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Informed Consent - page 5 / 6





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Facilitating Communication is Essential for the Treatment of Minors continued:

  • Establish a trusting relationship with the patient and the parent and discuss the issue of confidentiality.

  • Write a confidentiality statement and share it with your minor patients.


Fear of disclosure prevents some minors from seeking services. When young people are assured that providers will respect their privacy and provide confidential care, they are more likely to seek care, especially reproductive health care. Generally, when a minor can consent to treatment or testing, health providers may keep this information confidential.

However, there are circumstances in which confidentiality may not be possible, including:

  • Cases of suspected child abuse or neglect, including sexual abuse.

  • Cases where a counselor of a minor who abuses drugs or alcohol, or has a family member who abuses drugs or alcohol, believes that parental notification is necessary to protect the safety of the minor or others.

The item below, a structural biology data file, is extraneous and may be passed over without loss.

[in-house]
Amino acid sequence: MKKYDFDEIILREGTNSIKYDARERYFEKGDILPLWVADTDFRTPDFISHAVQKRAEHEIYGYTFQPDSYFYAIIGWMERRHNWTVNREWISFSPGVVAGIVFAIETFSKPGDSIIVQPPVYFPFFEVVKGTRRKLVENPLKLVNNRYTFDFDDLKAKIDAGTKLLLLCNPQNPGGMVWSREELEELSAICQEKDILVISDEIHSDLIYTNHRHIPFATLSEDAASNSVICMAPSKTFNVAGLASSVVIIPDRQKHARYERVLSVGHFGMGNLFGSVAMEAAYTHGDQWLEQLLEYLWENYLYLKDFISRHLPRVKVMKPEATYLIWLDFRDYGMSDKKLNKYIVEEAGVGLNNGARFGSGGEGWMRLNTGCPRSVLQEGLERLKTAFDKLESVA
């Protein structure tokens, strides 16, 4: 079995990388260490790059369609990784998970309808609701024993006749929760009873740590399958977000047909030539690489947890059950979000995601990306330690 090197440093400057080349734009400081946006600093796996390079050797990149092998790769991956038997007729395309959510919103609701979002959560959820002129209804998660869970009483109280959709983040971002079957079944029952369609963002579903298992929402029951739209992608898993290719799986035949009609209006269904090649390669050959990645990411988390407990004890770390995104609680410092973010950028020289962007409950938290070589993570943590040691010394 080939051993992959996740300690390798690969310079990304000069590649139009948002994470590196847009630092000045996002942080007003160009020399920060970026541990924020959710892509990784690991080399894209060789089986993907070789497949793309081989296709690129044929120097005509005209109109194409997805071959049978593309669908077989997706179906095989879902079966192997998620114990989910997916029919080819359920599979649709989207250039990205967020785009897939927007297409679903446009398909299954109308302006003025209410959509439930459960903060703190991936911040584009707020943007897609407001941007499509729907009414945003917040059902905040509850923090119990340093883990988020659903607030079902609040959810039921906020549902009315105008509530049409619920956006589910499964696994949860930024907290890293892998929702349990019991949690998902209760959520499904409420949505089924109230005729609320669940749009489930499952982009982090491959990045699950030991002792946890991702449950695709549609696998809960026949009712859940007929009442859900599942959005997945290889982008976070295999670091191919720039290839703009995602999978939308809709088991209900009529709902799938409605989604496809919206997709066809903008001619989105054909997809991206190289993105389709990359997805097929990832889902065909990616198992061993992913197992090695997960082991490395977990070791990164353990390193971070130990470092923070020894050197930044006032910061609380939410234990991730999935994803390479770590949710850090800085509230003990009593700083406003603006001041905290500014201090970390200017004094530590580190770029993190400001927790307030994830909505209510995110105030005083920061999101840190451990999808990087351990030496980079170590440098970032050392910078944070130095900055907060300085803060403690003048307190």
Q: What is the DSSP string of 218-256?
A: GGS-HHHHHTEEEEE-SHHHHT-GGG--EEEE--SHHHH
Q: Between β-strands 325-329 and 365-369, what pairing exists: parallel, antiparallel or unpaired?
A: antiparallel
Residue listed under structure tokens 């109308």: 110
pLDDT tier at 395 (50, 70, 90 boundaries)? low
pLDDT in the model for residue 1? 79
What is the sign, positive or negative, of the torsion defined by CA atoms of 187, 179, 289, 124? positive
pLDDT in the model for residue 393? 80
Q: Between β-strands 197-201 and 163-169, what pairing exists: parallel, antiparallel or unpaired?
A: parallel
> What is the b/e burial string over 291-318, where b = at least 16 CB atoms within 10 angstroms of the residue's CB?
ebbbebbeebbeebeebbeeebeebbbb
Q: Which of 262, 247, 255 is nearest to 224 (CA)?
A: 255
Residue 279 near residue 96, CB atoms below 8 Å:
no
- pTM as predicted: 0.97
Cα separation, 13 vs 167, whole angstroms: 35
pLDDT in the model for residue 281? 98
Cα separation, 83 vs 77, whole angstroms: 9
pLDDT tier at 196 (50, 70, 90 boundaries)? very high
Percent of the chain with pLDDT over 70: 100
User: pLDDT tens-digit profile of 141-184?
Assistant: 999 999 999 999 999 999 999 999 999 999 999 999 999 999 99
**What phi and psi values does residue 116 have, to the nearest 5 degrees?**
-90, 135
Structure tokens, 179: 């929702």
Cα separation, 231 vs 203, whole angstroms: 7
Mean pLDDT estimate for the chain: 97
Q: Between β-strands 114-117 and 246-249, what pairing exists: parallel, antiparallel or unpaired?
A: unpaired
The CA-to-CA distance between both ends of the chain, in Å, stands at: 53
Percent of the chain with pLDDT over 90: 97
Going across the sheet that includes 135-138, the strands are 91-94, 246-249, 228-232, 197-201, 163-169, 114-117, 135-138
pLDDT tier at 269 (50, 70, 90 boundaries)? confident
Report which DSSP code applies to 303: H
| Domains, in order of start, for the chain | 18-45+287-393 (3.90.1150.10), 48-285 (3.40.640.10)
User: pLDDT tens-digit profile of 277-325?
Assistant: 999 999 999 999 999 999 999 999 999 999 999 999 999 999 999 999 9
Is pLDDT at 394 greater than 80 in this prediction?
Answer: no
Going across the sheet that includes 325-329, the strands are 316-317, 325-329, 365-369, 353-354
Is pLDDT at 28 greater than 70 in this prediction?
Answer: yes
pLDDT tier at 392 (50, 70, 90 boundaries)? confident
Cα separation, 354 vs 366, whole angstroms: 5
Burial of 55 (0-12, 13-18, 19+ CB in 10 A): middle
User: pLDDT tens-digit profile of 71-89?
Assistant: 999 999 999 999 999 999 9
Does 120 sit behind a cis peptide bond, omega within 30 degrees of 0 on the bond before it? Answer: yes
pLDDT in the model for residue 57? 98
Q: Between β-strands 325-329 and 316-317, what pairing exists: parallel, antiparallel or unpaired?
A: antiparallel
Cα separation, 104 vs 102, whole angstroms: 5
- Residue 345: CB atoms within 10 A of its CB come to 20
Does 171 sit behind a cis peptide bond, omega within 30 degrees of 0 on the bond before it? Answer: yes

• Mental health records may be made available to a parent if the therapist does not find that there are compelling reasons for denying access to a parent.

  • The billing and health insurance claims process, which may result in the disclosure of confidential information to a minor’s parents, particularly if a minor is covered under the parent’s health insurance. Health care providers should discuss with the patient what information will be included in a bill or insurance claim and how this could lead to disclosure of confidential medical information.

Please Note: This publication is intended as a guide, and does not provide individual legal assistance. Please check with your legal counsel for site-specific clarification about confidentiality and disclosure issues, including any new policies related to the HIPAA privacy rule.

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